When the researchers switched from a negative to a neutral stimulus, the rats whose gut instincts couldn’t reach the brain via the vagus nerve required significantly longer to reassociate the sound with the new, “safe” and neutral situation. This finding is congruent with other recently published studies which found that stimulation of the vagus nerve can facilitate learning. These new findings about the vagus nerve offer exciting possibilities for the treatment of post-traumatic stress disorder (PTSD).
Stimulation of the vagus nerve might be able to speed up the process by which people with PTSD can learn to reassociate a non-threatening stimuli which triggers anxiety with a neutral, non-traumatic experience. Vagus nerve stimulation (VNS) is currently used to treat epilepsy and depression, although the psychological benefits of VNS remain controversial.
In a press release, Meyer concluded, “We were able to show for the first time that the selective interruption of the signal path from the stomach to the brain changed complex behavioral patterns. This has traditionally been attributed to the brain alone. The study shows clearly that the stomach also has a say in how we respond to fear; however, what it says, i.e., precisely what it signals, is not yet clear.”
The researchers intend to do more research to better understand the exact dialogue between the vagus nerve and the brain, which will hopefully lead to more effective treatments for PTSD and other anxiety disorders.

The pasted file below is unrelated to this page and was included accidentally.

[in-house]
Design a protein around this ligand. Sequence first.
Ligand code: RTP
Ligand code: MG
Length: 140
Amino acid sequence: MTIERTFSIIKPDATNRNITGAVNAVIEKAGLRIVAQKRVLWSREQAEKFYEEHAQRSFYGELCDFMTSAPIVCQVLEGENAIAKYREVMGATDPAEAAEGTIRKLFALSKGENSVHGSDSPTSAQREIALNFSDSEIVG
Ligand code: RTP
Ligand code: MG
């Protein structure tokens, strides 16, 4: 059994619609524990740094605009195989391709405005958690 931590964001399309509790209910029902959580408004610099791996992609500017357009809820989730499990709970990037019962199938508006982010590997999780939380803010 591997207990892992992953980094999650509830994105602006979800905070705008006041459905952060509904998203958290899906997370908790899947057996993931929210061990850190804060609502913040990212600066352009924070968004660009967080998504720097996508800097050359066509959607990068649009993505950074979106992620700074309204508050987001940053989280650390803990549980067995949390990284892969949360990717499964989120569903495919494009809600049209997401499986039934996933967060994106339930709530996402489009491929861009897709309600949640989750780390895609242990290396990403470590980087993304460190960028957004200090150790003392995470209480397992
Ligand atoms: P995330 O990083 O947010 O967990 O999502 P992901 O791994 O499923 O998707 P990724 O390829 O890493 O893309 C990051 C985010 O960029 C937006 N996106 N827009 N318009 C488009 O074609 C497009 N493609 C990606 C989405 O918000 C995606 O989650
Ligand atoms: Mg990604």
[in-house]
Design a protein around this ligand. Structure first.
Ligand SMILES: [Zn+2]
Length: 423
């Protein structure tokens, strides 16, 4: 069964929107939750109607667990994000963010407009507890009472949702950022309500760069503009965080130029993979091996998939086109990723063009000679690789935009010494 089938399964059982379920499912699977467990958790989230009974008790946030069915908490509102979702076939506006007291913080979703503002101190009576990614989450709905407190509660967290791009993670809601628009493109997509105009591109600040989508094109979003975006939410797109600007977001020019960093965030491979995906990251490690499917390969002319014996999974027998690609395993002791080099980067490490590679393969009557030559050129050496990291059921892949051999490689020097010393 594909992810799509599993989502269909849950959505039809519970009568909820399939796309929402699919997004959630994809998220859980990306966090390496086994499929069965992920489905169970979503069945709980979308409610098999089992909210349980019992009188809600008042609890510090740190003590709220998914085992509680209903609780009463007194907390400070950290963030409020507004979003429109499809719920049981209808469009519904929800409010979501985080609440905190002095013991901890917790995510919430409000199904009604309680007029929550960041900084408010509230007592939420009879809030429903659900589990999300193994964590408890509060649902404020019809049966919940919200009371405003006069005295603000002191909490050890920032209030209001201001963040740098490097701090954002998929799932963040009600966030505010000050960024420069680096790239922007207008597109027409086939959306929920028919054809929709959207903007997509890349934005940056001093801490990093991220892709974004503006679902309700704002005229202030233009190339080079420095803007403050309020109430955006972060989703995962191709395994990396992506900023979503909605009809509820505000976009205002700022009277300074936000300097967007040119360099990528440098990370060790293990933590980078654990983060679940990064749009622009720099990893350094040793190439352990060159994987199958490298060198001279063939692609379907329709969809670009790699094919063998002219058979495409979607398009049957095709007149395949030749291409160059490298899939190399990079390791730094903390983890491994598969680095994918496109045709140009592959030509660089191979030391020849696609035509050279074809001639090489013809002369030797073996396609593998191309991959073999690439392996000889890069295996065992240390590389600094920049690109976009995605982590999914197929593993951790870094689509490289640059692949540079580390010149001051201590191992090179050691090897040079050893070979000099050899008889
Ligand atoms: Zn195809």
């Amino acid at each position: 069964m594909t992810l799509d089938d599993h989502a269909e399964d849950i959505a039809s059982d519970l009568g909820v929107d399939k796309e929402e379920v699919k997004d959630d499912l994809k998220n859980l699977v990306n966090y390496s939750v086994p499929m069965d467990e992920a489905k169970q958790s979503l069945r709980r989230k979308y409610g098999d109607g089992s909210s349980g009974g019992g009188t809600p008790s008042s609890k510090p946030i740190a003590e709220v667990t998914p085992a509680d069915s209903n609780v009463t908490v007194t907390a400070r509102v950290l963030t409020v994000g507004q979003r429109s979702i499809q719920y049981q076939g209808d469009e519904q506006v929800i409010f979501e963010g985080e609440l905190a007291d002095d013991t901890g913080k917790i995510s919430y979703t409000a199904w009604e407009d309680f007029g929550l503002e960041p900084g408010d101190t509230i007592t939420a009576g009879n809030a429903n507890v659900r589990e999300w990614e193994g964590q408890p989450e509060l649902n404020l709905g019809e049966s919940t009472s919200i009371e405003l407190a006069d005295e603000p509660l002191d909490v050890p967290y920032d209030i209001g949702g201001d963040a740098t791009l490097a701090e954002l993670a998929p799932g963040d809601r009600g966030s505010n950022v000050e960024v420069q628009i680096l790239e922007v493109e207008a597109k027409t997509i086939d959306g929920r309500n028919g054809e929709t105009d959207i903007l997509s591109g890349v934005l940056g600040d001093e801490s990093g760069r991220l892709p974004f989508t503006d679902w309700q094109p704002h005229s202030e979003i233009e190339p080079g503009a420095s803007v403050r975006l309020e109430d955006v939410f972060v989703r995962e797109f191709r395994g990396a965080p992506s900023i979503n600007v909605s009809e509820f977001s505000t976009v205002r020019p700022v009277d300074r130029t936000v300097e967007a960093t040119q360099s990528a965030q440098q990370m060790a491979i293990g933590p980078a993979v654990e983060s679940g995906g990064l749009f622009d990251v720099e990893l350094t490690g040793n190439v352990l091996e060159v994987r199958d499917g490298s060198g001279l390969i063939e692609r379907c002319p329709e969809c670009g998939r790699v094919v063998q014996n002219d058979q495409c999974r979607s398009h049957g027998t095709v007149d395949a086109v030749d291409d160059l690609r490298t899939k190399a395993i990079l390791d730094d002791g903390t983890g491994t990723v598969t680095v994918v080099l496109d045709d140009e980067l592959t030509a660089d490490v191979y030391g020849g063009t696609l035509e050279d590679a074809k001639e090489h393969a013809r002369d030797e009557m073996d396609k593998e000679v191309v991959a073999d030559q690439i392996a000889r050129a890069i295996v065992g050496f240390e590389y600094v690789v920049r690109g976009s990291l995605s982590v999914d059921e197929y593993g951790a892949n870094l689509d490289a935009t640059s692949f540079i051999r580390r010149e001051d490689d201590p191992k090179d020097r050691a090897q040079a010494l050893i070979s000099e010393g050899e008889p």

Editor's Note: In this fascinating article, we are introduced to the importance of the vagus nerve in terms of mind-body reciprocity. Author Christopher Bergland makes a convincing case that any interference to vagus nerve’s ability to function correctly is worth addressing for normal health and well-being.
The vagus nerve exits from the lower portion of the brain stem through two small openings between the temporal and occipital cranial bones. The occipital bone sits on the atlas, the first cervical vertebrae. Misalignment of the occipital bone or the atlas can disturb normal vagal regulation. As chiropractors, we have made adjustments to these areas that appear to restore vagal nerve system function. This supports regulation of the polyvagal system, a term coined by researcher Stephen Porges to include the parasympathetic, sympathetic, and social vagus.
In keeping within the theme of this issue, we know that many ADD/ADHD and autistic kids appear to demonstrate symptoms relating to unbalanced vagal nerve function. This is just one reason why we see amazing results in these kids when they receive chiropractic adjustments.
This article appeared in Pathways to Family Wellness magazine, Issue #43.